Your second question was “when they show up and freely admit they are breaking federal law, why aren’t they being arrested, right then and there to be deported?” That’s more complex. First, all that’s necessary to enter a federal courthouse is a photo ID in a much wider range than is, apparently, required to get a birth certificate for one’s child. Court security officers, who are not law enforcement officers, do not ask whether a person who requests entry into the building is has a documented, legal status that allows them to remain in the United States, just as Walmart cashiers do not ask for that sort of thing, because it is irrelevant to their jobs.
    Second, it is not, in fact, a crime to be in the United States without a documented, legal status, so your implication that they are committing a crime is, in fact, wrong. If they have no documented legal status, then the actions (or inactions) that resulted in them being in that situation are probably crimes. For example, crossing the border of the United States from another country in a non-approved manner is a Class C misdemeanor (8 USC 1325), roughly equivalent in severity to a first Driving Under the Influence infraction. Once a person is here, though, even if they did commit a petty misdemeanor to get here, they are not committing a crime merely by being here (sort of the way that the person who drove drunk to get home from the bar is not committing an ongoing crime by driving again, later, after they sober up).

    Your third question is confusing, but I think the gist of it is the last clause, “people with no US ID at all get to walk right into secure federal facilities?” That answer is “yes,” because access to the courts for redress of grievances has been considered an important right, historically, in the United States. It’s only been just over 20 years that an ID of any sort was required to enter most federal courthouses. Now, sadly, anti-government, white Christians have made that untenable, and entry into courthouses is through controlled checkpoints.
    You draw a connection between the accessibility of the courts and actions by the Department of Homeland Security. Just to clarify, the Judiciary is a separate branch of the government, and its policies are different from those of Executive Branch agencies such as the Department of Homeland Security and its subsidiaries. I’ve often wondered why the Legislative Branch doesn’t use its authority to influence the policies of, for example, the Transportation Security Administration, but apparently the parties in control of that branch over the last ten years have been happy with the results of the laws they pass in that regard.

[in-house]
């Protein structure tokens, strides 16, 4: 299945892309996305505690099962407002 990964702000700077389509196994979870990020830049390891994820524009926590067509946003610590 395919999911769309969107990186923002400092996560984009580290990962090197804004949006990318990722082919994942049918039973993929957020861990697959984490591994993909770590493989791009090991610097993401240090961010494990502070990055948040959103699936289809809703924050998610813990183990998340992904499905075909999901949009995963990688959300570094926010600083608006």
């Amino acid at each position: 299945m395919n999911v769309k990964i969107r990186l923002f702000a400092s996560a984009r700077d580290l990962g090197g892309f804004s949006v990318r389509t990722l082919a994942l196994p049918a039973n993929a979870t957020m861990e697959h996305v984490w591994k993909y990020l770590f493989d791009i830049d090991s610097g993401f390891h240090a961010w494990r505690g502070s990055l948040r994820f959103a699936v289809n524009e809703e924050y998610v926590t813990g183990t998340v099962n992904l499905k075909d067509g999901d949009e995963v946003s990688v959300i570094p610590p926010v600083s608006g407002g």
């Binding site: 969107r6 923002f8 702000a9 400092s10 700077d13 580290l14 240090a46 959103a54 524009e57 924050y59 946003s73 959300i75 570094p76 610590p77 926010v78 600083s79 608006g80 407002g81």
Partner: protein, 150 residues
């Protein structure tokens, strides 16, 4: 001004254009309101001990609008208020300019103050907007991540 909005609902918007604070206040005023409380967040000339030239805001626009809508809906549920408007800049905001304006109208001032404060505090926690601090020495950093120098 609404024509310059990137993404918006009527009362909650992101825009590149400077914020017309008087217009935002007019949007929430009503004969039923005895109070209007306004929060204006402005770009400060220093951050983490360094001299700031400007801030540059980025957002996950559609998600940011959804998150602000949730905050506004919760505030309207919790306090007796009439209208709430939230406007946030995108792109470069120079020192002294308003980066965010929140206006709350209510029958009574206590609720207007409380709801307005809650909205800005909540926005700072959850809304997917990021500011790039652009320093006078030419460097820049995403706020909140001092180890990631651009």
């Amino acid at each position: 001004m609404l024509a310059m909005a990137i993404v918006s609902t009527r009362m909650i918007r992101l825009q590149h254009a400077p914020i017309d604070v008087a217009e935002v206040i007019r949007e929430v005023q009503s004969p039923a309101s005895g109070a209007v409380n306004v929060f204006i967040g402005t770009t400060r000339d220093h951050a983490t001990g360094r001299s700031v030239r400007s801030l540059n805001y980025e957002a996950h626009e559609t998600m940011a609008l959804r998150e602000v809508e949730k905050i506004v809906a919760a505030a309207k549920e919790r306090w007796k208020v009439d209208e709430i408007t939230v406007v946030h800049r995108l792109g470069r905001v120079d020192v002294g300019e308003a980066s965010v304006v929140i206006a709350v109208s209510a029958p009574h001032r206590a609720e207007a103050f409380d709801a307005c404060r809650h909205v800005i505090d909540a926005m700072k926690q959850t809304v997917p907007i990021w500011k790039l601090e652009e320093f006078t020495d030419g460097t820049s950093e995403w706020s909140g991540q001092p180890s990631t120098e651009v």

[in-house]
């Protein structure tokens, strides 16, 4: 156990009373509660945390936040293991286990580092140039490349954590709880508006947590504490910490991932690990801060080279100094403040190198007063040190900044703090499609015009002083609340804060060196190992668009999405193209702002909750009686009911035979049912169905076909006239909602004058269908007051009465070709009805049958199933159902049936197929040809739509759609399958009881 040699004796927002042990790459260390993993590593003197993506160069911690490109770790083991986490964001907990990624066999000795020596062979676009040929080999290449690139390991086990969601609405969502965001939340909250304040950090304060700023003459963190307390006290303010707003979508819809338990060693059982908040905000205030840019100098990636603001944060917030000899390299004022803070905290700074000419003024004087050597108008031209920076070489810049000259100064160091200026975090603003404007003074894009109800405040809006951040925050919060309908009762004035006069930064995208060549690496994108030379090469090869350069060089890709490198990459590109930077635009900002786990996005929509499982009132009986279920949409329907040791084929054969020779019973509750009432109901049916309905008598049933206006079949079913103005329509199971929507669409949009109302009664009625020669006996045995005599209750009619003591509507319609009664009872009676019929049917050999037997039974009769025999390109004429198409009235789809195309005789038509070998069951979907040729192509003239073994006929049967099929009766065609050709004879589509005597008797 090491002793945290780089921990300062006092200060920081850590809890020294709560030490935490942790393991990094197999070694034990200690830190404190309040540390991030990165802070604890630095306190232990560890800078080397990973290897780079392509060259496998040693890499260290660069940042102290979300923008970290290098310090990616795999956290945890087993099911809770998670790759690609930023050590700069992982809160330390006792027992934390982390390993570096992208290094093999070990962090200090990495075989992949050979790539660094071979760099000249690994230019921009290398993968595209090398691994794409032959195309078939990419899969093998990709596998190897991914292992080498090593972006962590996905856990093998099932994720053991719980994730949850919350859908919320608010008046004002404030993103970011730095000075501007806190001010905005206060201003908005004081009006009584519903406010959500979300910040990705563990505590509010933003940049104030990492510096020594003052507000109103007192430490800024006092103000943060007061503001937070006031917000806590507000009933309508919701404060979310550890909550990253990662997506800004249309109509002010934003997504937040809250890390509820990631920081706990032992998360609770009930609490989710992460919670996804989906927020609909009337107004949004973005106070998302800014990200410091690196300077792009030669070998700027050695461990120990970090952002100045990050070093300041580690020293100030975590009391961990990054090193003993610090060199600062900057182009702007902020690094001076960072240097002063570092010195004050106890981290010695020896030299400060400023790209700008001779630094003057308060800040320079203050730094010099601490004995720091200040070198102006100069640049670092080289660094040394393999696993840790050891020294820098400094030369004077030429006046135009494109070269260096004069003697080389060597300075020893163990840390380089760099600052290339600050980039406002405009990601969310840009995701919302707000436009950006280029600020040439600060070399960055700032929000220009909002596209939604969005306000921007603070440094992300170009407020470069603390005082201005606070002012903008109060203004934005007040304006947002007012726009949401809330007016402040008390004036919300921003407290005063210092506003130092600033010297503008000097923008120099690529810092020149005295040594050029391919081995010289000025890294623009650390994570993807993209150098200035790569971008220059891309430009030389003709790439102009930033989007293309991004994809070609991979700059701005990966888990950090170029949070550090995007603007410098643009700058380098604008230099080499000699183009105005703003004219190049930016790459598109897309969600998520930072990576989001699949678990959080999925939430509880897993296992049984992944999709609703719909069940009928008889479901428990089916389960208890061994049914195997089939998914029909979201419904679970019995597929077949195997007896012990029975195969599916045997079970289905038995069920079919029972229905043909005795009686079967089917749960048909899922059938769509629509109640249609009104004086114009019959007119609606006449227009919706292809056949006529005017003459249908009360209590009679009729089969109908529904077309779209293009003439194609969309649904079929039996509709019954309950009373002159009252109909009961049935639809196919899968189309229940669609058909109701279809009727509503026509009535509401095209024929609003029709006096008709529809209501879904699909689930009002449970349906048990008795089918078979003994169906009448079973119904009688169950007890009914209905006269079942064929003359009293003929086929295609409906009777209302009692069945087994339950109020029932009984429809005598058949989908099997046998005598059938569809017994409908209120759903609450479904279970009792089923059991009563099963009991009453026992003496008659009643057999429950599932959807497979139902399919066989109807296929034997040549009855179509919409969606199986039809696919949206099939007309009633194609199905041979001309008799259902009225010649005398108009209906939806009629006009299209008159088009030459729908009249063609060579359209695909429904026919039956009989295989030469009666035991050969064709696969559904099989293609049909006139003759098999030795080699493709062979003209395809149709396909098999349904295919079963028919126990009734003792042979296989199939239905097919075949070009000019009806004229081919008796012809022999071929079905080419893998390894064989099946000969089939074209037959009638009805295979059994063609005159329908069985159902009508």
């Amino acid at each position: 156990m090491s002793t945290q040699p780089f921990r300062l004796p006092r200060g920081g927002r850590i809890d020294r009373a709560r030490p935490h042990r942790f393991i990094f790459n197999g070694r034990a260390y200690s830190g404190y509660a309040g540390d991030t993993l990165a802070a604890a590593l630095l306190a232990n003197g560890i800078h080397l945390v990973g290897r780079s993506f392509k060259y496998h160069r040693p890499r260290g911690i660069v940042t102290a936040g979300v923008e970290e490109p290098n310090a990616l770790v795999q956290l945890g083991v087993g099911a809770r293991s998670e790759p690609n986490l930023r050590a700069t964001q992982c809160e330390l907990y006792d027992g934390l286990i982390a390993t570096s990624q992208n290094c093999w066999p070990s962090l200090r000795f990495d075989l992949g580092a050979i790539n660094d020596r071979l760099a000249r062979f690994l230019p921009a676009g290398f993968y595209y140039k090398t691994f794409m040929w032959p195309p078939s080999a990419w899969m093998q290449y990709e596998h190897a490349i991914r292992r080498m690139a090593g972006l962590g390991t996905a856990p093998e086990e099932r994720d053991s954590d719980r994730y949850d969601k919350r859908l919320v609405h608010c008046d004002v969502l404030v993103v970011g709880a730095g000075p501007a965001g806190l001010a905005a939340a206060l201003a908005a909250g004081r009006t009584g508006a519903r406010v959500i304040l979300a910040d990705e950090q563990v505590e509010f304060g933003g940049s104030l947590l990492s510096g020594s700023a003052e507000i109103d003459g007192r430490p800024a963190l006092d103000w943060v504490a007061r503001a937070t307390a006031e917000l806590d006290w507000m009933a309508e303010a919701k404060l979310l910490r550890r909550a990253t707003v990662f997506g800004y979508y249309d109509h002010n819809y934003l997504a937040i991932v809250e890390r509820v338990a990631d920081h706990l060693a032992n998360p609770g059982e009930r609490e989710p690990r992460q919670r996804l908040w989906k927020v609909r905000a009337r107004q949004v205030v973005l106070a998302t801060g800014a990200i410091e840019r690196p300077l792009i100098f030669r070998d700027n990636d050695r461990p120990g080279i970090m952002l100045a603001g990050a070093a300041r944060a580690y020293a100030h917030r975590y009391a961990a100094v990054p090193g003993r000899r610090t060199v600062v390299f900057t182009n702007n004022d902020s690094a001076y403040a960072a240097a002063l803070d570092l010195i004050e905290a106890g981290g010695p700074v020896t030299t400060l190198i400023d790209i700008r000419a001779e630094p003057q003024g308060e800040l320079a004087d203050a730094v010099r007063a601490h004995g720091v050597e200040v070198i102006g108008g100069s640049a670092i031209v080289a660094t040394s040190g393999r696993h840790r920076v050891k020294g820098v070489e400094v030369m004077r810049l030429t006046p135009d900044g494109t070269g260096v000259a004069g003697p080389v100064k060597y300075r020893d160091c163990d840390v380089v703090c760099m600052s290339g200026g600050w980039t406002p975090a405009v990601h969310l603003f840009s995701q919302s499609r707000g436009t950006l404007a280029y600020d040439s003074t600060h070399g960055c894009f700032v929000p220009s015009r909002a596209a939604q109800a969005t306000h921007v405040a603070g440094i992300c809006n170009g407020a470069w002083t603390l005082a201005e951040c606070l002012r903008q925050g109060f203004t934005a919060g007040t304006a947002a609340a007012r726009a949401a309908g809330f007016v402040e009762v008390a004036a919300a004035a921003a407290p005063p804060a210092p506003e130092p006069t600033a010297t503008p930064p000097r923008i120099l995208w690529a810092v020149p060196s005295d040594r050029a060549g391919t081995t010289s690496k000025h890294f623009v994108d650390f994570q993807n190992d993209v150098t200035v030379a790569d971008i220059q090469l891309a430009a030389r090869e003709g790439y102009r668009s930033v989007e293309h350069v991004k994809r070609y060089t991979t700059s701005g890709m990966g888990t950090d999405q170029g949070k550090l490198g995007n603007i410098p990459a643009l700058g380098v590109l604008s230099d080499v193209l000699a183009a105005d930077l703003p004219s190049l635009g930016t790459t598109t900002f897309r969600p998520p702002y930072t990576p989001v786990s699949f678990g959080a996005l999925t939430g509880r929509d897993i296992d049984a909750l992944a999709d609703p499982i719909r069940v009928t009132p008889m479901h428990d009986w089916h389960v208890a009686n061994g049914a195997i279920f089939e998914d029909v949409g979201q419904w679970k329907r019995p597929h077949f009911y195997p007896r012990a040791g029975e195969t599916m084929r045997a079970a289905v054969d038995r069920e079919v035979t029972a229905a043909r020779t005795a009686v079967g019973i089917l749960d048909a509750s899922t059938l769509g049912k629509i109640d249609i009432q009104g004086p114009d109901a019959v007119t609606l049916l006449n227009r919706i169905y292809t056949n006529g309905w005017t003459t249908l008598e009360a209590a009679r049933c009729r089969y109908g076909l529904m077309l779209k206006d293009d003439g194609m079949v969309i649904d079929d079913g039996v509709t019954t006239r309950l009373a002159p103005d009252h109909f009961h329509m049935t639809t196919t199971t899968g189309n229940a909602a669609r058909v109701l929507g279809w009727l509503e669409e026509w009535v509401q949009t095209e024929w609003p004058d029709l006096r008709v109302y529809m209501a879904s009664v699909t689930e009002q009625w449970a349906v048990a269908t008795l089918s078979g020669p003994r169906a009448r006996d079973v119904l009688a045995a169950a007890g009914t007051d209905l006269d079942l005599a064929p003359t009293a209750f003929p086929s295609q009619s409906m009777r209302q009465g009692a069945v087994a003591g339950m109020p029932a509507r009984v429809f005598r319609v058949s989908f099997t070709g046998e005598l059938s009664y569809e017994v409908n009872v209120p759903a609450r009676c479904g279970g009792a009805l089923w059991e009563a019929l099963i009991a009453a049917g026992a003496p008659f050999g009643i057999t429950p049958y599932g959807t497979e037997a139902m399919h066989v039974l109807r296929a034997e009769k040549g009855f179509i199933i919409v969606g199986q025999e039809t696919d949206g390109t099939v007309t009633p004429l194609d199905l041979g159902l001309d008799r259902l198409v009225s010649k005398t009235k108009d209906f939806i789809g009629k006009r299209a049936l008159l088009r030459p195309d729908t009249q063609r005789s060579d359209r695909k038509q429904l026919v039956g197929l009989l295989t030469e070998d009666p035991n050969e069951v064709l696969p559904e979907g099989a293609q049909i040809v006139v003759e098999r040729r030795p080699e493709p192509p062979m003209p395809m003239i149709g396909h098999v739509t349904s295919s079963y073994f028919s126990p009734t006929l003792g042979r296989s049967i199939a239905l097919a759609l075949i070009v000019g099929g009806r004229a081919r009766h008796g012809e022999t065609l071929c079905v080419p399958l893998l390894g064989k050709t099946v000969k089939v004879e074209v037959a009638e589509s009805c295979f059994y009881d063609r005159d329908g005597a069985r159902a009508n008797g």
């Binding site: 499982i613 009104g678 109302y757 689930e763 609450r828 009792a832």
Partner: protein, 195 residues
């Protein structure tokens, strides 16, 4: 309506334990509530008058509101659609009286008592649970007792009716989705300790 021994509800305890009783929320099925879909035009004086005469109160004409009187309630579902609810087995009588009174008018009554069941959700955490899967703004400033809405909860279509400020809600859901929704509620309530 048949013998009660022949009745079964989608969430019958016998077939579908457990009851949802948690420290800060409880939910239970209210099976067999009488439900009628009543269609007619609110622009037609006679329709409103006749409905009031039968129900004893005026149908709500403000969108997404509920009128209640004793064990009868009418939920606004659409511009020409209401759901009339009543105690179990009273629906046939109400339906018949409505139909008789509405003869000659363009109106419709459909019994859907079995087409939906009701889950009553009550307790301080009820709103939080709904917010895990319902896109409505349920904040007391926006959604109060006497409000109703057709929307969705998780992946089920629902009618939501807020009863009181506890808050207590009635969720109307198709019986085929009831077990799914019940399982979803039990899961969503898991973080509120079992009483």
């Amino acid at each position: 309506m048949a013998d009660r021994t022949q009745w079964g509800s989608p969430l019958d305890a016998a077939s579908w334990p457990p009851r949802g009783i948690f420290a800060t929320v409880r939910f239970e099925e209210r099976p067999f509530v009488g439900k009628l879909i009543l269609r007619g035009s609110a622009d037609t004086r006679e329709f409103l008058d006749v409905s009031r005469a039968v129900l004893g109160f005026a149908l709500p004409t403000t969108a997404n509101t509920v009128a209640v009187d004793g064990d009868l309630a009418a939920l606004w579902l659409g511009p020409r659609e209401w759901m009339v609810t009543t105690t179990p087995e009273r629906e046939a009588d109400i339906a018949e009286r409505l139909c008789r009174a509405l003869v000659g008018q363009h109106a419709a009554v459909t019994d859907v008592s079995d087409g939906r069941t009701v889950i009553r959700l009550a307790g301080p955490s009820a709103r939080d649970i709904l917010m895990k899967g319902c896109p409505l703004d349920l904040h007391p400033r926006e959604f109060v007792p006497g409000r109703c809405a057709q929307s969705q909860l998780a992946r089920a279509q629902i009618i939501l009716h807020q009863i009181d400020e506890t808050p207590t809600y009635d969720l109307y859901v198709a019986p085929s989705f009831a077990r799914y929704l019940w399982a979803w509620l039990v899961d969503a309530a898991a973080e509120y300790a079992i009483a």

3. Steve Houston says:

    Bill, in a related note, if the children were born here, they aren’t “illegals”, they are citizens per our laws. While I wouldn’t equate a class C misdemeanor to a class B misdemeanor as Robbie did, denying the children what they are due is wrong.

  4. Bill Daniels says:

    @Robbie: Good answers. I honestly didn’t know that someone could be party to a lawsuit and never appear in court. It’s interesting how when I get a speeding ticket I want to fight, I actually have to appear in court.

    @Steve: Given the current interpretation of the Constitution, I agree. I think that interpretation needs to be changed going forward, but you can’t (and shouldn’t) un-ring the bell of citizenship for those born here to non-citizens (both legal and non-legal).

  5. Robbie Westmoreland says:

    Steve, I actually mis-typed. 8 USC 1325 has a potential range of zero to six months imprisonment and up to $250 in fines for first offense illegal entry. So it’s not a Class C; it’s probably a B depending on how one breaks that sort of thing down. At the federal level, the discussion is really felonies, Class C misdemeanors and “petty offenses,” with the last category including anything that can be determined by a magistrate judge without consent of the defendant.

    Bill, criminal litigation (which most ticketed offenses are) does pretty much require appearance of the defendant at most court proceedings. That’s one of several differences between those actions and civil litigation.

  6. Manuel Barrera says:

    The issue does not seem to be that the state is not issuing birth certificates, from what I have read is that the mothers cannot obtain them because they do not sufficient proof as to who they are. Like the voting ID laws.

    “GOODWYN: Texas doesn’t dispute that the children born in the state are U.S. citizens, but that child’s access to a Texas birth certificate is another issue. Wade Goodwyn, NPR News, Dallas.”

    Source http://www.npr.org/2015/07/20/424722479/immigrants-sue-texas-for-denying-birth-certificates-to-u-s-born-children